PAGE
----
She’s running for state legislature here in Washington state, in a David-verses-Goliath like battle against powerful Democratic House Speaker Frank Chopp, incumbent for the past 20 years. She’s got bold plans to close corporate tax loopholes in the state and use the money to fund massive investments in renewable energy projects. And she’s not taking any corporate money, so don’t even try.
“When it comes to climate change what we’re hearing from progressive democrats is the same ‘cap-and-trade,’ and carbon taxes — all market solutions. And the problem with market solutions in dealing with climate change is that you’re trying to regulate companies to motivate them to do what we know is right. You’re trying to incentivize reduction in emission and investment in renewable energy.
And from my perspective, as a climate scientist, I know a little bit more than what the public knows just because I know the science, but everybody’s seen the recent climate assessment. Everybody’s seen the recent IPCC report. I mean, the predictions are quite dire. And what we’re hearing from these so-called leaders are very timid steps. They’re in the right direction, I wouldn’t deny that. But they’re timid steps considering what we’re about to face, and what we’re already experiencing.”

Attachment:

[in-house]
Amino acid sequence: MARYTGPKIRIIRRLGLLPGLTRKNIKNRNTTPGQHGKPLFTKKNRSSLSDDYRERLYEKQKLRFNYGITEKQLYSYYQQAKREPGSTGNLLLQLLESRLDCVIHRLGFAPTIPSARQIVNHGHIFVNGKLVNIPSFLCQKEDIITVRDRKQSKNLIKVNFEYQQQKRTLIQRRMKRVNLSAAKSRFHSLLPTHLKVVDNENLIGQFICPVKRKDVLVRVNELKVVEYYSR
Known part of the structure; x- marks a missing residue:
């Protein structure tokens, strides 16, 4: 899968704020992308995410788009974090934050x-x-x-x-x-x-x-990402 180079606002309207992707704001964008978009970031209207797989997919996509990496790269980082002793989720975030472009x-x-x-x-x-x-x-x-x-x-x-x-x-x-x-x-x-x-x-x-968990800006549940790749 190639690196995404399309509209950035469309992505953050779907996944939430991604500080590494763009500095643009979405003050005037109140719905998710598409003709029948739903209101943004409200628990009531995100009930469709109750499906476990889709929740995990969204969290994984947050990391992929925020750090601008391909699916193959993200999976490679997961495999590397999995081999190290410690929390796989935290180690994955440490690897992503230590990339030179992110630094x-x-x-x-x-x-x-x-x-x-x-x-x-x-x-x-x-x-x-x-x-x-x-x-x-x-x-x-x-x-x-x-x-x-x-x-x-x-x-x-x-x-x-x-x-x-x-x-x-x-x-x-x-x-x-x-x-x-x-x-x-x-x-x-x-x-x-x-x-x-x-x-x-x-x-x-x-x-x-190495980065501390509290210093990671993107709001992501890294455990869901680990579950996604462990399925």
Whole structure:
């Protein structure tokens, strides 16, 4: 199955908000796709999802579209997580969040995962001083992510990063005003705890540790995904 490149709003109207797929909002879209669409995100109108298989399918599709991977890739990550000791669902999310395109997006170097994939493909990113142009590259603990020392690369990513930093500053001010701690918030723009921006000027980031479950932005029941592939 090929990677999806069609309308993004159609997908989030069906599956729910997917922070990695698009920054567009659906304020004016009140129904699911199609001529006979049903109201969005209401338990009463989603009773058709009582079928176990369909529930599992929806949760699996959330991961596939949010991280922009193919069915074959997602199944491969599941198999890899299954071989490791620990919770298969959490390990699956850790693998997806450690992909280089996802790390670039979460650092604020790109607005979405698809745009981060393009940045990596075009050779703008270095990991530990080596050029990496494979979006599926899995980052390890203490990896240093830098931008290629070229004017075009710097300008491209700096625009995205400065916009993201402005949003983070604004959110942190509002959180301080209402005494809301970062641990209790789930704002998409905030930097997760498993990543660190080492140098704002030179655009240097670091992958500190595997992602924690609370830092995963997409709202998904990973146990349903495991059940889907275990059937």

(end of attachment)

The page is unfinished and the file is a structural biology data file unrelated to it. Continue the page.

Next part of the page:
5. She thinks more climate scientists should run for office.
Spear thinks climate scientists are actually in the perfect position to change public policy: “The whole idea of advocacy when you’re a scientist is frowned upon, because you’re supposed to be objective. And you are objective, but you’re also a human being, and you have values, and you care very deeply about what you’re researching! And I don’t think that there is anything wrong with having a perspective of wanting to see radical change, but also being a scientist and looking at the data in an objective manner. And having good integrity, with how you report the data and the findings.”